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Welcome back to ALL THINGS CONSIDERED from NPR News. I'm Guy Raz.

On a snowy February day in 2002, the well-known British journalist Patrick Cockburn was in Kabul in Afghanistan, covering the fall of the Taliban. That day, he picked up his satellite phone to call his wife, Jan. She was back in Canterbury, England. Even over that shaky and hollow telephone line, Jan sounded anxious.

Mr. PATRICK COCKBURN (Journalist; Co-Author, "Henry's Demons: Living With Schizophrenia, a Father and Son's Story"): I could not make out the details, but I grasped that Henry, our 20-year-old son, had nearly died when he swam New Haven Estuary fully clothed, and was rescued by fishermen as he left the near-freezing water. The fishermen feared he might be suffering from hypothermia and took him to a general hospital in Brighton. The police had been called. They had decided that Henry was a danger to himself, and he was now in a mental hospital.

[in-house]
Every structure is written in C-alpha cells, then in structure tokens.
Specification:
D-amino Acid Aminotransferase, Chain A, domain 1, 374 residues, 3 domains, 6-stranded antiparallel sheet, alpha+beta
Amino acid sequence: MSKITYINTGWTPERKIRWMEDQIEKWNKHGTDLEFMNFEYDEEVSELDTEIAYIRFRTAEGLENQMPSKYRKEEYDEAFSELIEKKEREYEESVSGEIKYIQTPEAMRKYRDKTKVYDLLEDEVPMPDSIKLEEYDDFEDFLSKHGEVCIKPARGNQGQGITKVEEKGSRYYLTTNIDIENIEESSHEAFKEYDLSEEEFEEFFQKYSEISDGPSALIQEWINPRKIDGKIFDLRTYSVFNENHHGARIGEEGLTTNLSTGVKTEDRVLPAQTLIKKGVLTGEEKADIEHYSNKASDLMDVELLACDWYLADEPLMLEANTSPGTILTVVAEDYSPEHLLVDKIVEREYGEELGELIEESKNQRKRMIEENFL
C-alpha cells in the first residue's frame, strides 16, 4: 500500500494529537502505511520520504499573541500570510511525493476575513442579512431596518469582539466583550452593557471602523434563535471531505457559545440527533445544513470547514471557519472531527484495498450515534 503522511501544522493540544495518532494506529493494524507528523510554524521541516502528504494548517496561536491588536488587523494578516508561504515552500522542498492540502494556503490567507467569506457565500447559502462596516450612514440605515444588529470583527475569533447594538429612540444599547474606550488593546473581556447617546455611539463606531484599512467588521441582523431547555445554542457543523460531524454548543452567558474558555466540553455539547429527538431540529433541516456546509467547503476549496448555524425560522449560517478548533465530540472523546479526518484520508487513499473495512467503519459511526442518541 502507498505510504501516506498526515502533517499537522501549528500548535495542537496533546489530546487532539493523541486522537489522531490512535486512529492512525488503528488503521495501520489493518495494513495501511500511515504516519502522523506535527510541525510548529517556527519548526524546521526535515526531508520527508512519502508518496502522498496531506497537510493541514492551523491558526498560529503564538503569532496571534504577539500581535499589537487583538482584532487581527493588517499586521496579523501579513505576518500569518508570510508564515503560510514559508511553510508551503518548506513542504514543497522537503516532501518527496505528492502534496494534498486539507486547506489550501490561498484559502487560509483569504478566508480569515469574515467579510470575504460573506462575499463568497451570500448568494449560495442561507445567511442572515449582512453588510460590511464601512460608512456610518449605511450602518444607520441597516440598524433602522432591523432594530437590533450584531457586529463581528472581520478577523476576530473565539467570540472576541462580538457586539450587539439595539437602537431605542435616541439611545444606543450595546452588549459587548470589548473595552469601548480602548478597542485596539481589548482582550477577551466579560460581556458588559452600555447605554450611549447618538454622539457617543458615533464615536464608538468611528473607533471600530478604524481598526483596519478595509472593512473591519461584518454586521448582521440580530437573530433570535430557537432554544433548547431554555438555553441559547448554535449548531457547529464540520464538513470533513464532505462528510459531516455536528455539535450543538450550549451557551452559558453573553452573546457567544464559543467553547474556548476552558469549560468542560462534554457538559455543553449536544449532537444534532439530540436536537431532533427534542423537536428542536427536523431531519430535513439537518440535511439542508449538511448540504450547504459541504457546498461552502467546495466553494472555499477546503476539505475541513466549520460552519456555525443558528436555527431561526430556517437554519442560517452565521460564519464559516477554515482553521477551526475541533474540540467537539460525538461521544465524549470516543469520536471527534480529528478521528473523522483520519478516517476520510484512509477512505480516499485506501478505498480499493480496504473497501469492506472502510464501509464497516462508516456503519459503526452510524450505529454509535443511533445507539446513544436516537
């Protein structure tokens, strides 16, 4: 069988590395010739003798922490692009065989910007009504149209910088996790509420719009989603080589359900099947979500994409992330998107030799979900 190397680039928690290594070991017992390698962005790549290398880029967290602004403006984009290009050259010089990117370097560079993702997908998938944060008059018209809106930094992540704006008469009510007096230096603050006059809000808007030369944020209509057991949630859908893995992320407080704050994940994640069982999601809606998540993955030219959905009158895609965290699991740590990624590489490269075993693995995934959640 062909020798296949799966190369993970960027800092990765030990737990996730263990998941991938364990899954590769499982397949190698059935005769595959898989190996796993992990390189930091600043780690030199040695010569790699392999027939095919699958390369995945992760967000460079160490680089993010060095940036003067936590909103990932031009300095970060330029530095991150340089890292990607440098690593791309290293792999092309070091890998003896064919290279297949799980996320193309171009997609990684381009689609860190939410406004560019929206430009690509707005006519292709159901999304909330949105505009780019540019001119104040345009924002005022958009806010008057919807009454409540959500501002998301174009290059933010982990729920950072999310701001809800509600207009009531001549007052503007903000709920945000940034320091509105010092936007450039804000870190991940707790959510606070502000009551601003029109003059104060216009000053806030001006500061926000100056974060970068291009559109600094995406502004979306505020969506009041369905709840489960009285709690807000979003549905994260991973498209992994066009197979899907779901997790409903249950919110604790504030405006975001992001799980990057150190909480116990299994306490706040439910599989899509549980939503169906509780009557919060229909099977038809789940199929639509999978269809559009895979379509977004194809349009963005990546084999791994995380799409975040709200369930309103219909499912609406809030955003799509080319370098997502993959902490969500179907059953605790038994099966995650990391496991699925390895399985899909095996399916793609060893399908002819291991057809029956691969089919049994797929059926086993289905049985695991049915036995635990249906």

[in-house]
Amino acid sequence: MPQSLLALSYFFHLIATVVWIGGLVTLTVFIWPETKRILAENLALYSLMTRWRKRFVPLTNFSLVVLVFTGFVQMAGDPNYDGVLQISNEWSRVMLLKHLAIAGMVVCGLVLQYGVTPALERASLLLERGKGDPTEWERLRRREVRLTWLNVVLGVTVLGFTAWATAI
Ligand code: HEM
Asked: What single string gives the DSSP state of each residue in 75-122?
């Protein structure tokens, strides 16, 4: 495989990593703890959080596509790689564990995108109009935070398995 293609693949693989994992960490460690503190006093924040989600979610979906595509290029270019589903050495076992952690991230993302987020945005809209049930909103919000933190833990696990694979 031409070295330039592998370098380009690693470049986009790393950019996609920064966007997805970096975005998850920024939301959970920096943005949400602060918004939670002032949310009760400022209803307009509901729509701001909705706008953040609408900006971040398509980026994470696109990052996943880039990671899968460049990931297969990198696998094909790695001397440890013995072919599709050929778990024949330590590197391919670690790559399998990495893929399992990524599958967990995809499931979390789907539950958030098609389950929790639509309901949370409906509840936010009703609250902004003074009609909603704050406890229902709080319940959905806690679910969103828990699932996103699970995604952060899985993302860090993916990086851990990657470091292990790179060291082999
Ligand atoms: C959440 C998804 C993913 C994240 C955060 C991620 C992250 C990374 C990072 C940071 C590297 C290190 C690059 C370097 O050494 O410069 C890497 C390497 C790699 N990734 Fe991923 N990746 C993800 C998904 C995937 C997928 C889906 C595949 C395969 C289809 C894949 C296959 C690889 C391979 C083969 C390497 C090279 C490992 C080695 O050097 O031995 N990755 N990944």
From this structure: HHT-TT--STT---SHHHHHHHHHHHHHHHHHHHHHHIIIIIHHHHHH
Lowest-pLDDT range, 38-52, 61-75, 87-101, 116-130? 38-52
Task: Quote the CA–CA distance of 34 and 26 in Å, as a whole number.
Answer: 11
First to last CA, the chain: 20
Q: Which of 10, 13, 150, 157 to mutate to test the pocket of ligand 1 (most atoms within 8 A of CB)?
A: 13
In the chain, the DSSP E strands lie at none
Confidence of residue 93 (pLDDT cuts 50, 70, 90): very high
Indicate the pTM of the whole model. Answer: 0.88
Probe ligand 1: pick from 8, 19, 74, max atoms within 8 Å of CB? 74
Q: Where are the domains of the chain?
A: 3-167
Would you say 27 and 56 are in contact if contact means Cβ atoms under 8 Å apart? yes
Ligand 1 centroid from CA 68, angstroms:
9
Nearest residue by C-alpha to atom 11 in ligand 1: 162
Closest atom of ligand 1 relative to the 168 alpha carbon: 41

RAZ: The next morning, Patrick Cockburn and his driver braved the treacherous Kabul Gorge. Just a few weeks earlier, four journalists had been killed by Taliban militiamen in that same place. And he went through there, and made his way to Islamabad in Pakistan, to catch the first flight home.

His son Henry was diagnosed with schizophrenia. The story of what happened next - Henry's experiences in and out of mental hospitals for eight years, and how the family coped - is told in a new memoir. It's called "Henry's Demons," and in it Patrick, Henry and Jan all write alternating chapters, each from a different perspective.

Patrick and Henry Cockburn join me now from London. Welcome to you both.

Mr. COCKBURN: Nice to be here.

Mr. HENRY COCKBURN (Co-Author, "Henry's Demons: Living With Schizophrenia, a Father and Son's Story"): Hello.

RAZ: Patrick, let's start at the beginning. You had just seen Henry a few weeks earlier. This was back, Christmas of 2001. Were there any signs, any signals, that Henry was in trouble?

Mr. P. COCKBURN: No, I didn't see any, and I've been back over it in my mind a hundred times. I mean, I asked him how he was. He'd started at art college a few weeks earlier, and he said he'd never been happier in his life.